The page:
In reviewing the last 15 years of political science literature on this subject, I argue that scholars have correctly identified the central theoretical debate, for the contest between the institutional and normative approaches is of great practical and theoretical importance. Nevertheless, notwithstanding the intensity of debate, I argue that the proponents of the institutional approach have failed to make a strong case for it. First, their efforts to show that democracies fight fewer wars in general have largely failed. Despite many years of intense scrutiny, the initial empirical puzzle remains valid; the evidence still indicates that democracies frequently fight wars, but rarely against each other. Second, supporters of the institutional approach have too quickly abandoned theoretical development and innovation.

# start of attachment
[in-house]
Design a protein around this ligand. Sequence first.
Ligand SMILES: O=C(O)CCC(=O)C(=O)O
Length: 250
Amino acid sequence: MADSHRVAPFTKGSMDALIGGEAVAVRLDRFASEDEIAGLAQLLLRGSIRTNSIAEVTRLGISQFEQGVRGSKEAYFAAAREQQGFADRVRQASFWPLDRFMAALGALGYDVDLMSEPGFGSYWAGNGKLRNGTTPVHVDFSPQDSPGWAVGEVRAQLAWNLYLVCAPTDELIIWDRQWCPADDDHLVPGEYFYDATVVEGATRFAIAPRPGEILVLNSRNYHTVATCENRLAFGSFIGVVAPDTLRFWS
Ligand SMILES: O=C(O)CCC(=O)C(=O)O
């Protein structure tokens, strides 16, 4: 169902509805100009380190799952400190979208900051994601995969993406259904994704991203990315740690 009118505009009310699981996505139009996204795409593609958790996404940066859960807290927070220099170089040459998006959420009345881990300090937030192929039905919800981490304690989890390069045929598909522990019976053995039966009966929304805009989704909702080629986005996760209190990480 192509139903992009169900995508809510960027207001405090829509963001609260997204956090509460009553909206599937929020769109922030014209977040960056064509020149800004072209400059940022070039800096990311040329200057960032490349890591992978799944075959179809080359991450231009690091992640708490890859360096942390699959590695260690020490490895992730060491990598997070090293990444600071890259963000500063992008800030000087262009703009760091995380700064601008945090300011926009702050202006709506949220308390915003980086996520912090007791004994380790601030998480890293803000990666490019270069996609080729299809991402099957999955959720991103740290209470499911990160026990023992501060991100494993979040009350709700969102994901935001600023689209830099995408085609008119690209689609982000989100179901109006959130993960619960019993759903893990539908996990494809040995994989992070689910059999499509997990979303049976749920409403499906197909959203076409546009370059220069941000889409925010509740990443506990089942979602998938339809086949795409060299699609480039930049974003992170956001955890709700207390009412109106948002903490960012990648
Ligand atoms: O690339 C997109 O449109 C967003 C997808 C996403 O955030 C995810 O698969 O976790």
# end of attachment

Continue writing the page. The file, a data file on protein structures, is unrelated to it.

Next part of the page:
Working Paper 98–12, Weatherhead Center for International Affairs, Harvard University, 1998.